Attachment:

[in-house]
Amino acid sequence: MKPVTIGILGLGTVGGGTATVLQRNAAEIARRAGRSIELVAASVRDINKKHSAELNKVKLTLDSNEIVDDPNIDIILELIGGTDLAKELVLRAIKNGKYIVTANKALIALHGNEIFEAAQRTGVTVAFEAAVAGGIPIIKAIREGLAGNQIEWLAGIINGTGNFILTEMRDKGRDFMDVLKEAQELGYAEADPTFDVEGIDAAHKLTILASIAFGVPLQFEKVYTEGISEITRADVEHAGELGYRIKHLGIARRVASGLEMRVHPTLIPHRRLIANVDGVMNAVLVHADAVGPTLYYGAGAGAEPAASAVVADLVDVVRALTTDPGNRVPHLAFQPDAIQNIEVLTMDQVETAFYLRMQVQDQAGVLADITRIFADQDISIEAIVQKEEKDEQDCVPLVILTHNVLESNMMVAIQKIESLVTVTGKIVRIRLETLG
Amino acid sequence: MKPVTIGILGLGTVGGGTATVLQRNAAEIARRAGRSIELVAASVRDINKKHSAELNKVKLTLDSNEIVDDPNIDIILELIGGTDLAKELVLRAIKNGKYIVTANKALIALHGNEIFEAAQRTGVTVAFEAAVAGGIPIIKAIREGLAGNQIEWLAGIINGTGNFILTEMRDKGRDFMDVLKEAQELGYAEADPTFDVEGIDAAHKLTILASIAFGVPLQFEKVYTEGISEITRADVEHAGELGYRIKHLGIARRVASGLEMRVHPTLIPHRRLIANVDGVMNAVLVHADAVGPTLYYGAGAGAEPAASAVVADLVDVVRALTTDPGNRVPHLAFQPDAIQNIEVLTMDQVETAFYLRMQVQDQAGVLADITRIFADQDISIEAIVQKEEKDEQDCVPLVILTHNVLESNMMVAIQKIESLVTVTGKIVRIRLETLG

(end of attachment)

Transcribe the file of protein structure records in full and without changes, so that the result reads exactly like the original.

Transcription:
[in-house]
Amino acid sequence: MKPVTIGILGLGTVGGGTATVLQRNAAEIARRAGRSIELVAASVRDINKKHSAELNKVKLTLDSNEIVDDPNIDIILELIGGTDLAKELVLRAIKNGKYIVTANKALIALHGNEIFEAAQRTGVTVAFEAAVAGGIPIIKAIREGLAGNQIEWLAGIINGTGNFILTEMRDKGRDFMDVLKEAQELGYAEADPTFDVEGIDAAHKLTILASIAFGVPLQFEKVYTEGISEITRADVEHAGELGYRIKHLGIARRVASGLEMRVHPTLIPHRRLIANVDGVMNAVLVHADAVGPTLYYGAGAGAEPAASAVVADLVDVVRALTTDPGNRVPHLAFQPDAIQNIEVLTMDQVETAFYLRMQVQDQAGVLADITRIFADQDISIEAIVQKEEKDEQDCVPLVILTHNVLESNMMVAIQKIESLVTVTGKIVRIRLETLG
Amino acid sequence: MKPVTIGILGLGTVGGGTATVLQRNAAEIARRAGRSIELVAASVRDINKKHSAELNKVKLTLDSNEIVDDPNIDIILELIGGTDLAKELVLRAIKNGKYIVTANKALIALHGNEIFEAAQRTGVTVAFEAAVAGGIPIIKAIREGLAGNQIEWLAGIINGTGNFILTEMRDKGRDFMDVLKEAQELGYAEADPTFDVEGIDAAHKLTILASIAFGVPLQFEKVYTEGISEITRADVEHAGELGYRIKHLGIARRVASGLEMRVHPTLIPHRRLIANVDGVMNAVLVHADAVGPTLYYGAGAGAEPAASAVVADLVDVVRALTTDPGNRVPHLAFQPDAIQNIEVLTMDQVETAFYLRMQVQDQAGVLADITRIFADQDISIEAIVQKEEKDEQDCVPLVILTHNVLESNMMVAIQKIESLVTVTGKIVRIRLETLG